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Child Endangerment Crimes in Iowa

If you were charged with any form of child abuse, neglect or endangerment, then contact an experienced criminal defense attorney in Des Moines, Iowa, to represent you in the case. The attorneys at McCarthy & Hamrock, P.C. fight to protect clients throughout Des Moines and Polk County and the surrounding areas throughout Iowa. 

Most of these cases involve a child was under fourteen years old or younger. See Iowa Code § 726.6(1)(g); see also Iowa Code § 702.5 (defining “child” as “any person under the age of fourteen years”).

Call (515) 279-9700 for a free consultation to discuss the facts of your case. 


Penalties for Child Endangerment

Anyone who is convicted of the criminal offense of child endangerment by an intentional act or series of intentional acts, or by using unreasonable force, torture, or cruelty that results in bodily injury, or that is intended to cause serious injury, that results in the death of a child or minor, shall serve between 30 and 70 percent of a 50-year class “B” felony sentence. 

In determining when the person first becomes eligible for parole or work release within the parameters of 30 and 70 percent of the 50-year sentence, the sentencing court shall base its determination upon all pertinent information including the person’s criminal record, a validated risk assessment, and whether the offense involved multiple intentional acts or a series of intentional acts, or whether the offense involved torture or cruelty. 

Under prior law, such an offender was sentenced to confinement for 50 years but was eligible for parole upon entering prison. Also under the prior law and act, felonious child endangerment is also classified as a “forcible felony” under Iowa Code section 702.11, which under Iowa Code section 907.3 prohibits a defendant from receiving a suspended or deferred sentence or deferred judgment.


Statute of Limitations for Child Endangerment in Iowa

The statute of limitations in Iowa previously provided that an indictment or information for any felonious child endangerment must be found within three years after its commission. In 2016, the Legislature in Iowa created a new rule that an information or indictment for felonious child endangerment in violation of Iowa Code section 726.6(4), (5), or (6), committed on or with a person who is a child under the age of 14 or who is under the age of 18 and who has a mental or physical disability, shall be found within 10 years after the person upon whom the offense is committed attains 18 years of age.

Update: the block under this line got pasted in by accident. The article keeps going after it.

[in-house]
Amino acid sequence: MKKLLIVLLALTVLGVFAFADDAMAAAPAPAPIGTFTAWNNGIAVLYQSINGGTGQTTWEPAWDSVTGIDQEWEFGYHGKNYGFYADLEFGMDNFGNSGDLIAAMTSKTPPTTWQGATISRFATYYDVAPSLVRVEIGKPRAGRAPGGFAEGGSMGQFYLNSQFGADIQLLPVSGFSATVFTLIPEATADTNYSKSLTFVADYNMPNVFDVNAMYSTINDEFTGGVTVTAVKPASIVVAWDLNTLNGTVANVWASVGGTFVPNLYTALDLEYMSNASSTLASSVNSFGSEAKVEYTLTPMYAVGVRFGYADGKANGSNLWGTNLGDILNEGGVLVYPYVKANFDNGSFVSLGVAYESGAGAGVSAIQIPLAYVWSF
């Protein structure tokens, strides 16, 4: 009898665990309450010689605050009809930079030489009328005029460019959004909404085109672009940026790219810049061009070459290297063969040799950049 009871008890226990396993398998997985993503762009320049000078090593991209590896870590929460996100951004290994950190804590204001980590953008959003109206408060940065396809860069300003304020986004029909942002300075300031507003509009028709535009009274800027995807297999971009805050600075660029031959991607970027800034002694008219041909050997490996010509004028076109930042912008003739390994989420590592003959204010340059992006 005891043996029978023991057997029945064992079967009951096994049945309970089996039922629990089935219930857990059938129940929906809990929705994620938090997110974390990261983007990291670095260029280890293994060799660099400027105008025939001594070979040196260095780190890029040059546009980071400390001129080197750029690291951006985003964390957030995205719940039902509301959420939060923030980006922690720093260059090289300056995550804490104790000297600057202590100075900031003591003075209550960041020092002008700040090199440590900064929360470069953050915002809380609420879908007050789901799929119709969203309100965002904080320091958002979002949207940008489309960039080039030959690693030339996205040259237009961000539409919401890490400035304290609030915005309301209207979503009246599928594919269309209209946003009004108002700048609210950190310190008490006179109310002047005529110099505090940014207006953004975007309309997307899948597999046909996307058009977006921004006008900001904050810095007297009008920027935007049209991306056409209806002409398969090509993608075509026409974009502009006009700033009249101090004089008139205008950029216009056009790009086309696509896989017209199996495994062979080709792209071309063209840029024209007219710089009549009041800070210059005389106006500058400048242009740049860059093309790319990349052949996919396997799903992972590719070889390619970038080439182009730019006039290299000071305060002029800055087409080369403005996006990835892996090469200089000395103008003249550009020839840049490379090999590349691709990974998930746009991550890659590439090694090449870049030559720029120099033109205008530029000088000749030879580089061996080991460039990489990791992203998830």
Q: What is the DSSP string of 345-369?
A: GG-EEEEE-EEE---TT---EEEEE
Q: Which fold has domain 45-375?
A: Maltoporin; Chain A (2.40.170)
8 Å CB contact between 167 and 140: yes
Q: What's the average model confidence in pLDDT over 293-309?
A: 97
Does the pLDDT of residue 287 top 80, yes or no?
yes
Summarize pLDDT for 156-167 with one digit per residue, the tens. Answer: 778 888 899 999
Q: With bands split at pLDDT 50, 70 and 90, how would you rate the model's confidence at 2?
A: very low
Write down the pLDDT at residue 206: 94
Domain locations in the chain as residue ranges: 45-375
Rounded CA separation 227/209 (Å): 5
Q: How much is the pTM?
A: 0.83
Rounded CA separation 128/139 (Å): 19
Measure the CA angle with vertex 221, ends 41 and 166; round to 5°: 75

If the person against whom the information or indictment for felonious child endangerment is sought is identified through the use of a DNA profile, an information or indictment shall be found within 10 years after the person upon whom the offense was committed attains 18 years of age, or within three years from the date the person is identified by the person’s DNA profile, whichever is later. 


Different Types of Child Endangerment Charges in Iowa

If you were charged with “Child Endangerment,” the crime can involve allegations of any of the following:


Child Endangerment - Substantial Risk - Serious Injury

The court in State v. Heacock, 521 N.W.2d 707, 709 (Iowa 1994), recognized that Iowa Code section 726.6(1)(b) for child endangerment divides itself into two separate alternative offenses.  The first offense is a general intent crime and the second offense is a specific offense crime. Aggravated assault and assault causing bodily injury and  are not included offenses to child endangerment.  State v. Heacock, 521 N.W.2d 707, 709 (Iowa 1994).

To prove child endangerment, the State must prove all of the following elements: 

  1. the defendant was the [parent] [guardian] [person having custody or control] of (name).
  2. The child was under the age of fourteen years or a mentally or physically handicapped minor under the age of eighteen.
  3. The defendant knowingly acted in a manner creating a substantial risk to the child’s physical, mental, emotional health or safety.
  4. The defendant's act resulted in serious injury to the victim. 

See Iowa Code section 726.6(1)(a) and 726.6(2). 


Child Endangerment - Use Of Unreasonable Force, Cruelty, Torture - Serious Injury

To prove this form of child endangerment, the State must prove all of the following elements:

  1. The defendant was the parent, guardian, person having custody or control of the victim. 
  2. The victim was under the age of fourteen years or a mentally or physically handicapped minor under the age of eighteen.